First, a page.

This week we caught up with Vince Bagnato one of many Australian fishermen who have taken on the responsibility of preventing and reducing the injury or death of seabirds when they collide with fishing trawler warps (wires used to tow nets).
Vince shows me around his boat ‘The Francesca’ proudly displaying the Bird Baffler structure that is attached to the perimeter of the boat a curtain with swinging tubing preventing birds flying towards the cables. The Baffler is proven to prevent seabirds colliding with warps as they chase offal from fish processing that is released from the side of the boat.
Vince and other SETFIA members resolved that the entire fleet would use bafflers by May 1st, the start of the new fishing year, this year. SETFIA’s noble purpose if that sustainable fishing practices protect their fishing future and Vince explains that using bafflers is walking this talk.
Previously, when birds flew towards the fish pen shoot to feed they could become entangled, injured or killed by warp cables. Their wings could become tangled on warps and then dragged under water resulting death or injury.
A variety of seabirds were at risk but most interactions are with albatross species predominately the shy Albatross.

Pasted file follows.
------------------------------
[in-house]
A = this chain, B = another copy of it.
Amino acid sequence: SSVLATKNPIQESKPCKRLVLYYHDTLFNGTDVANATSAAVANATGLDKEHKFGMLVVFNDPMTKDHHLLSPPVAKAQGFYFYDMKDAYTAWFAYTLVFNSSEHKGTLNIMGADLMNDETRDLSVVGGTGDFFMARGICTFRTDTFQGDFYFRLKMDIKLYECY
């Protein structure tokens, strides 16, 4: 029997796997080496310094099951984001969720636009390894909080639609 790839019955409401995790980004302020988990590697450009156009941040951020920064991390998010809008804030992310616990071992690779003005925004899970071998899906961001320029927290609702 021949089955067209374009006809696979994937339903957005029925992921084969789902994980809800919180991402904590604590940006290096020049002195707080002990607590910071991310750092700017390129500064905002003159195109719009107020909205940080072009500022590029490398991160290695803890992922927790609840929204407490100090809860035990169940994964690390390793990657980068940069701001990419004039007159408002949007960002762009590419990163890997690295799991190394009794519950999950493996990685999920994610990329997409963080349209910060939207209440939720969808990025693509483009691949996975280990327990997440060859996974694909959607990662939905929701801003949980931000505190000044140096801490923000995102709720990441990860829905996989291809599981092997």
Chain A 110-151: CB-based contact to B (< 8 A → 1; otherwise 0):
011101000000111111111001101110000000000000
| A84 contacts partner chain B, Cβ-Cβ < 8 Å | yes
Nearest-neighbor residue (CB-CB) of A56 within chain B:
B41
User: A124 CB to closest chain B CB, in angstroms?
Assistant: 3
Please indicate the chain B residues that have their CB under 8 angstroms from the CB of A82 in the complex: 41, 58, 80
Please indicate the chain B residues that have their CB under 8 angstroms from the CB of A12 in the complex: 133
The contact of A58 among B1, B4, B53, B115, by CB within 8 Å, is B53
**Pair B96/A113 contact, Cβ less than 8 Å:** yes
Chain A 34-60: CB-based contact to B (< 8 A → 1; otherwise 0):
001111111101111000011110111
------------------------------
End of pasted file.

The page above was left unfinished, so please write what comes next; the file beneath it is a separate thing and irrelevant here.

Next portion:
However, this innovation “is proven to reduce interactions by 96%” Vince says he couldn’t believe how well it had worked as the birds completely stay away now.
“I’m very happy that my bird Baffler has worked so well, no one wants to have bird’s dying because of their boat wires it’s very satisfying to know I can prevent it” Say’s Vince
The fishing industry are always looking for new and innovative ways to improve fisheries management, including reducing bycatch in Commonwealth managed fisheries.
“We are grateful to the Australian Government who provided funding to develop and trial bafflers and with AFMA’s help we will have these improved devices on all Commonwealth managed trawl vessels,” Mr Boag said (SETFIA Executive Officer)
Baffled Sea Birds